Not only this, Costa Coffee which entered India in 2005 in a master franchise agreement with Devyani International has introduced a wide variety of international ranges of cakes seeking the evolution of Indian customer towards international eating habits.

Vishal Kapur, CEO, Costa Coffee says, “The Indian palate has internationalized faster than anybody expected. Our new range of quality cakes is a testament to the Costa customer’s taste and appreciation for high quality confectionery.”

Food Law and Policies

In 2013, the government has imposed a service tax of 12.36 per cent on all air-conditioned restaurants which made leading chains increase their offering prices by 5-10 per cent. When consumers struggled amidst slowing economies, the fast food chains witnessed slow business and the reason for this can be clearly attributed to the fluctuating food costs. Food retail sales slowed down by 5-6 per cent in the first quarter this year and prompted the industry to dole out its most aggressive promotion and value deals.

In the recent development, the new government is committed to providing support to the food processing sector with a view to reduce the losses of supply chain. The losses range from about 16-18 per cent in various crops and during certain seasons, especially in the rainy season, the losses can be as high as 30 per cent.

Commenting on how the government is working on sustaining the food products, Siraj Hussain, Secretary, Ministry of Food Processing Industry says, “The government is concerned about the losses especially in fruits and vegetables because it reduces the availability of food products and also causes inflation. Hence, the govt is providing a slew of incentives to food processing and food preservation industry so that there is facility of integration from farm to the fork.”

He further shares his insights on taxes imposed on restaurants, “I don’t think that the taxes on restaurants are very high. In fact, there is a need to ensure that the payment at restaurant is done through card, cheque or with mobile transfer so that the restaurant business is able to collect their money through reportable channels.”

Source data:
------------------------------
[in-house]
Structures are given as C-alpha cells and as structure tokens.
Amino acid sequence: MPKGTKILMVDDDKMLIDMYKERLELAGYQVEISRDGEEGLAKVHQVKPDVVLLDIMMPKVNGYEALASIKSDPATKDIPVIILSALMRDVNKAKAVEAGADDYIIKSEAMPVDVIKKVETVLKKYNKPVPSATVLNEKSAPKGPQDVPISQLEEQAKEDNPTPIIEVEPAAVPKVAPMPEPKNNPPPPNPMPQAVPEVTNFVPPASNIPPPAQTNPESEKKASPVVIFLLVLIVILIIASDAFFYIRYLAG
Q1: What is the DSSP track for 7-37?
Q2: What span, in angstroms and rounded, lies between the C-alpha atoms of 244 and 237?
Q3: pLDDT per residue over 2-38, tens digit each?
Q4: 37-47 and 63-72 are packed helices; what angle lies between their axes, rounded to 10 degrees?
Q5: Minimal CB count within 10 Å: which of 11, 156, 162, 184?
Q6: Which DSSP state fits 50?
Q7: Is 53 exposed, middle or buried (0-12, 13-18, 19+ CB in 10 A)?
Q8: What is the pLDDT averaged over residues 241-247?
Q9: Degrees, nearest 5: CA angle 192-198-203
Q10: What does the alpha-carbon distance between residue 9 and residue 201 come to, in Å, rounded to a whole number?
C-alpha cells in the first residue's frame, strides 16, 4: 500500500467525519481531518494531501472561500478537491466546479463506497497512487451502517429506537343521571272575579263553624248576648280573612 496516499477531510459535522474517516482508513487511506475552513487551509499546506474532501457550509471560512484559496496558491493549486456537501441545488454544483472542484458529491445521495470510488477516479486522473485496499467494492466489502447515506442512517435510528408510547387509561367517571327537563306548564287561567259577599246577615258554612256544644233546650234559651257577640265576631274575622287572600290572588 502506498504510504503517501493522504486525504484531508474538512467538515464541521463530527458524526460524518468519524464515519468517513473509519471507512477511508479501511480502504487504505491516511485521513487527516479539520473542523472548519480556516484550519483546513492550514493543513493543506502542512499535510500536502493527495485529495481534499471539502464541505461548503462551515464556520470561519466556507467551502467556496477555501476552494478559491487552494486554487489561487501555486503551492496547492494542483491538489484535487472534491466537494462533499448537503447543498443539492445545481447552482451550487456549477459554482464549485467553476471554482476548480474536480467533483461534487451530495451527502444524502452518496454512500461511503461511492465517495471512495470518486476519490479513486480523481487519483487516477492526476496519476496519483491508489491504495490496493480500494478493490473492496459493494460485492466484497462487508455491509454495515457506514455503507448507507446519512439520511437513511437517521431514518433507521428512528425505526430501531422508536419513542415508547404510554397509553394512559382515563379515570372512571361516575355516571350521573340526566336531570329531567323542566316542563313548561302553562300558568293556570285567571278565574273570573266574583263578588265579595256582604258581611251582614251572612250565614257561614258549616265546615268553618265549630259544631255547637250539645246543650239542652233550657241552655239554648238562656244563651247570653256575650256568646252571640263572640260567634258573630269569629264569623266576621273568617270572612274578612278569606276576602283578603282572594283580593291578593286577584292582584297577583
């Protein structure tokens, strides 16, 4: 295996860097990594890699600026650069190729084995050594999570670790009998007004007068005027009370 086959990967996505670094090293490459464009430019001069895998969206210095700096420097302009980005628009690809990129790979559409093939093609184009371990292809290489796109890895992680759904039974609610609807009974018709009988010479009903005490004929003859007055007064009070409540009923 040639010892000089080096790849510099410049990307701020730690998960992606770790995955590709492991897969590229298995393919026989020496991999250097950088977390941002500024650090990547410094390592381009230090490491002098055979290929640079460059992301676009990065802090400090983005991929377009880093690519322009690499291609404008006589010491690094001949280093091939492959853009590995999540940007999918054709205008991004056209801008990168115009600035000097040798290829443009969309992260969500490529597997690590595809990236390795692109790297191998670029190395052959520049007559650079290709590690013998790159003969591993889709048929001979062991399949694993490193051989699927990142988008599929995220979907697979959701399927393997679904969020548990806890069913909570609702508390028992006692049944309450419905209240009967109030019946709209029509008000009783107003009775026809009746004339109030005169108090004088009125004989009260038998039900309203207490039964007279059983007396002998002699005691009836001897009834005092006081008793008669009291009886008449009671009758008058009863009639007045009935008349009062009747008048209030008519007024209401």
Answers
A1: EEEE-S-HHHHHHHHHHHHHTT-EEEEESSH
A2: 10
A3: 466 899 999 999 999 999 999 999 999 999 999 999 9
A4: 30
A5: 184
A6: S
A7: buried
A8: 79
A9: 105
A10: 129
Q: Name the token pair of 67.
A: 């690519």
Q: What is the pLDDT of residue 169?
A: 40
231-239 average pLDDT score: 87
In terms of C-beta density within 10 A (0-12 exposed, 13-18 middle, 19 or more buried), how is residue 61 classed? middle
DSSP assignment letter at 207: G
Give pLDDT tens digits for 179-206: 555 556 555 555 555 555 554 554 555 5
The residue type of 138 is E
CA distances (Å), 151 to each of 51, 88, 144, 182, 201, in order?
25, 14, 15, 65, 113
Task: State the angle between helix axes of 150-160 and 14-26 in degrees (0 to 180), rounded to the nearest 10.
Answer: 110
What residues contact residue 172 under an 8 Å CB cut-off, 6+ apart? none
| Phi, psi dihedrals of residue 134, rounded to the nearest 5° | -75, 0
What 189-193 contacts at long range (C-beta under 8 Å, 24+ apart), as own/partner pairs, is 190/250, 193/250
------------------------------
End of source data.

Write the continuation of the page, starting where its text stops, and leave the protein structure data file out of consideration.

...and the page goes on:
Restaurants are now having access to processed food products which can be used in cooking to keep product fresh, reliable and increase the shelf life. All these will surely benefit the restaurant owners in the days to come.

The Hard Fact

One would assume that the restaurant industry is healthy, if people are spending money and new restaurants (both large and small) are coming up everywhere. On evaluating the industry by activity, you will see that the industry is going good. Yum! Restaurants are eyeing smaller towns for expansion in India, KFC and Pizza Hut are doing good business in Kochi and other South Indian cities as well. McDonald's has invested around Rs 500 crore to set up 250 restaurants in West and South India.

At the same time, more and more new formats and innovative concepts like Chaayos, Atchayam Foodbox, 4700 BC popcorn and Travel Khana and YatraChef are increasingly coming up in the industry. Capitalizing on an innovative format is a straight forward strategy and usually the main driver of revenue.

But the hard fact about the restaurant industry is that it becomes increasingly tricky to capture benefits as the chain grows in size. As a result, the sales in restaurants are on the decline and are not happening in adequate volumes in chains and they are failing to achieve their targets.